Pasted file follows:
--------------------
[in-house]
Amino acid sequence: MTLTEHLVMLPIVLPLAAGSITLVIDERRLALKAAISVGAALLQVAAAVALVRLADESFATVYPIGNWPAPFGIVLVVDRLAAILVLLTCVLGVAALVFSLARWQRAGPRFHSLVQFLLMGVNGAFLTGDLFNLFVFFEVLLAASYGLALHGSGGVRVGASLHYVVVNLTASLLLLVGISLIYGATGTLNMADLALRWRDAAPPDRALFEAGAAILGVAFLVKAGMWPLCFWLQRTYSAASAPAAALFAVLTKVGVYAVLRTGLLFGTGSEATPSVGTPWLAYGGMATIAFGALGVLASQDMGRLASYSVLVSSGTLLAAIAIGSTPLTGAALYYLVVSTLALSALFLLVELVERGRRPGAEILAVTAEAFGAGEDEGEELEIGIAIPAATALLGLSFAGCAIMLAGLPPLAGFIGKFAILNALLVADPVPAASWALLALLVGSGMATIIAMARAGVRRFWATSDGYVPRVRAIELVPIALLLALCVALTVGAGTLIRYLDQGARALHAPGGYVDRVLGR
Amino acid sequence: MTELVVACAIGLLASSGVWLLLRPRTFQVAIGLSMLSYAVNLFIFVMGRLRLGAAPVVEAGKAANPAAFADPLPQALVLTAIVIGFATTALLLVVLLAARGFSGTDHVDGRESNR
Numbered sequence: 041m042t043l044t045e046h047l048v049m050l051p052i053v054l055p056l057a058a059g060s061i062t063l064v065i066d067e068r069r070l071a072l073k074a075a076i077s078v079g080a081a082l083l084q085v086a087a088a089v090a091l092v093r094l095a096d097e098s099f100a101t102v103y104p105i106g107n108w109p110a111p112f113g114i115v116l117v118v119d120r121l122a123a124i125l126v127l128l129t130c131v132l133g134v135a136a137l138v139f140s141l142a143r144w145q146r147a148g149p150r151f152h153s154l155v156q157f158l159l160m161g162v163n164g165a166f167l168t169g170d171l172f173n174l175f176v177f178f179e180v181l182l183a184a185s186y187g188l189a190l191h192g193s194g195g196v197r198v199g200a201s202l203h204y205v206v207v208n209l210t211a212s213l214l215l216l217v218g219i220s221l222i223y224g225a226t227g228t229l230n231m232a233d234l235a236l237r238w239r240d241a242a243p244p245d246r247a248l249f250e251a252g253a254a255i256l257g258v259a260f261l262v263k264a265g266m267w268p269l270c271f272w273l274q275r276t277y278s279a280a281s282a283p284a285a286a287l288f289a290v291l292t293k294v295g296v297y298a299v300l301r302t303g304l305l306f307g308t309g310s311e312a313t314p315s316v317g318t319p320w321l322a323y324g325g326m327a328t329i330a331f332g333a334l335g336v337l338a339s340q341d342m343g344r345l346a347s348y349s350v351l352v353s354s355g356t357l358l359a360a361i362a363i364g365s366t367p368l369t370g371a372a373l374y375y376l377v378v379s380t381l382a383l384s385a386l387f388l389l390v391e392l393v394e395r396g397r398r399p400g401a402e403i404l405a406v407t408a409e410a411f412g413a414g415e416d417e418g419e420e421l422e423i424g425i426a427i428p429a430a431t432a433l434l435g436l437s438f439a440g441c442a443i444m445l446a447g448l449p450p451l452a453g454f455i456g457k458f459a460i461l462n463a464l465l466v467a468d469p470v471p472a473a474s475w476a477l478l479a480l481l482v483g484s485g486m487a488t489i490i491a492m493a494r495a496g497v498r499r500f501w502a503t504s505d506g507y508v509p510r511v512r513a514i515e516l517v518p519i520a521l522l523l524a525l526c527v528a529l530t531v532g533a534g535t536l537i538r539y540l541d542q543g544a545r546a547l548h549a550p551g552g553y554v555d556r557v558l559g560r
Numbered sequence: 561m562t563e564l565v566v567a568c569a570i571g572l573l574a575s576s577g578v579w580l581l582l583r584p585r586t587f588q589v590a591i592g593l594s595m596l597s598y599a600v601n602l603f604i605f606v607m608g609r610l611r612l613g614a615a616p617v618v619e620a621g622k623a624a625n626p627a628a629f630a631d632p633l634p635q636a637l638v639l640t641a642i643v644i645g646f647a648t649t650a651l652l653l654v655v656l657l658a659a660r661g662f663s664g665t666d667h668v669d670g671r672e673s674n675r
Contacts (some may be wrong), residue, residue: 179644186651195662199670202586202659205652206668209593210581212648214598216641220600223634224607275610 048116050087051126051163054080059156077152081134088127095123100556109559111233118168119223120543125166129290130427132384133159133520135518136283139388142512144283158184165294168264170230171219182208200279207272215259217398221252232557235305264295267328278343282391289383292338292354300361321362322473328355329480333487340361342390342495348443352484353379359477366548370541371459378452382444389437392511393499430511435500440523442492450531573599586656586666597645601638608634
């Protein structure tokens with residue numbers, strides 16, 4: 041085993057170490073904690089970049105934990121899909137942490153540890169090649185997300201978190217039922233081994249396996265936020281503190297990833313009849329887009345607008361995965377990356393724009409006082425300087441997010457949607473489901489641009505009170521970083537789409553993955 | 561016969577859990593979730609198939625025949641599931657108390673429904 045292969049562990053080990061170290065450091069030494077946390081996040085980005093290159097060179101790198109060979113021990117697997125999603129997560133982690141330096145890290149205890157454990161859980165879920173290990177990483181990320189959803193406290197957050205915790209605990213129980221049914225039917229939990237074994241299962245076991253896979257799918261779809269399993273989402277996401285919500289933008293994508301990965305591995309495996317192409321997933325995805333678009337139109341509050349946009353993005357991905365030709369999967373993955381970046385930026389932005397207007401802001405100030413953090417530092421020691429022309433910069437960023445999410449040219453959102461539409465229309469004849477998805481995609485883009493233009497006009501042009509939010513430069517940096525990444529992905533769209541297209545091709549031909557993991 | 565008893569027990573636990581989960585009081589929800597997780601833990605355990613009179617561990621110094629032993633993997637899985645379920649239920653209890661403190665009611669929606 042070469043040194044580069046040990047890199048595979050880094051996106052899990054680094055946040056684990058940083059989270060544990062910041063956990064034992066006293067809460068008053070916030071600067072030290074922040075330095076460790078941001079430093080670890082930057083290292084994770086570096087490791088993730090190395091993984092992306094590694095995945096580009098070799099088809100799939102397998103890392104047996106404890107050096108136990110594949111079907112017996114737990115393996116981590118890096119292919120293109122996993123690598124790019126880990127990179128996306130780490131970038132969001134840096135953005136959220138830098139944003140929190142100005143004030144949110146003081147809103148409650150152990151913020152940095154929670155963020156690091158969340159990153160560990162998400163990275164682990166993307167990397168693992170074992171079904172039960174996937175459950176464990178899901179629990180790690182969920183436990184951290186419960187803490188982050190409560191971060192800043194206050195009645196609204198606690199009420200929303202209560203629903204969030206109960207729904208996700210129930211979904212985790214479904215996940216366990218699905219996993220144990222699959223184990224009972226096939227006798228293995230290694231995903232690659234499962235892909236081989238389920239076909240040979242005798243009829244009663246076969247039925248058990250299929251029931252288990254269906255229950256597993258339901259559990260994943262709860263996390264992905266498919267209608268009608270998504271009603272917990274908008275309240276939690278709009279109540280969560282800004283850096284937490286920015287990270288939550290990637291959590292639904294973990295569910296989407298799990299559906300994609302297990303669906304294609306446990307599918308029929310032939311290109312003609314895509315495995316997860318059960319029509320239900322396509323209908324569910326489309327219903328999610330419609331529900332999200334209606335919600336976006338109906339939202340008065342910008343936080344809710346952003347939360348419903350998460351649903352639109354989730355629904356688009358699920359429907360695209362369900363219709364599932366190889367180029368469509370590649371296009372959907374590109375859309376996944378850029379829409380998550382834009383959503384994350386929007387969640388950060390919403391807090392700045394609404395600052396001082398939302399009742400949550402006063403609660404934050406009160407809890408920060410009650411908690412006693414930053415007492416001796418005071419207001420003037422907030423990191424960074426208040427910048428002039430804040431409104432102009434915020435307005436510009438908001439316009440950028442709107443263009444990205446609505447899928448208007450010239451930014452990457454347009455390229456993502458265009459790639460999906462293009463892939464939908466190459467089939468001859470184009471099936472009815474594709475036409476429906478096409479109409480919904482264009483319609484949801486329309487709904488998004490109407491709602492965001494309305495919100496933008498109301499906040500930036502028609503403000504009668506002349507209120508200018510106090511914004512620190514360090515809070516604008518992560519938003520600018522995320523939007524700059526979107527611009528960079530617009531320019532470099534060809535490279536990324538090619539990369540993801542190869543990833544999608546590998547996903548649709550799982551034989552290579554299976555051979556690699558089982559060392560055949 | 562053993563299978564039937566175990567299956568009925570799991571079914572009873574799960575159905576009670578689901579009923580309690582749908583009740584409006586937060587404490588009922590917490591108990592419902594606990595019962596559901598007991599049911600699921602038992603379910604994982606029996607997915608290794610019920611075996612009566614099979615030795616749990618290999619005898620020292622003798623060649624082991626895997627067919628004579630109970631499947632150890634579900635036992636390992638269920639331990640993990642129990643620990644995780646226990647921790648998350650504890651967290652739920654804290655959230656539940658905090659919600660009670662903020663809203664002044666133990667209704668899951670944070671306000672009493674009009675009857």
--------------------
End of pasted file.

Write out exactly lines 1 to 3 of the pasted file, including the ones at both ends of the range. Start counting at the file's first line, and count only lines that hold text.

[in-house]
Amino acid sequence: MTLTEHLVMLPIVLPLAAGSITLVIDERRLALKAAISVGAALLQVAAAVALVRLADESFATVYPIGNWPAPFGIVLVVDRLAAILVLLTCVLGVAALVFSLARWQRAGPRFHSLVQFLLMGVNGAFLTGDLFNLFVFFEVLLAASYGLALHGSGGVRVGASLHYVVVNLTASLLLLVGISLIYGATGTLNMADLALRWRDAAPPDRALFEAGAAILGVAFLVKAGMWPLCFWLQRTYSAASAPAAALFAVLTKVGVYAVLRTGLLFGTGSEATPSVGTPWLAYGGMATIAFGALGVLASQDMGRLASYSVLVSSGTLLAAIAIGSTPLTGAALYYLVVSTLALSALFLLVELVERGRRPGAEILAVTAEAFGAGEDEGEELEIGIAIPAATALLGLSFAGCAIMLAGLPPLAGFIGKFAILNALLVADPVPAASWALLALLVGSGMATIIAMARAGVRRFWATSDGYVPRVRAIELVPIALLLALCVALTVGAGTLIRYLDQGARALHAPGGYVDRVLGR
Amino acid sequence: MTELVVACAIGLLASSGVWLLLRPRTFQVAIGLSMLSYAVNLFIFVMGRLRLGAAPVVEAGKAANPAAFADPLPQALVLTAIVIGFATTALLLVVLLAARGFSGTDHVDGRESNR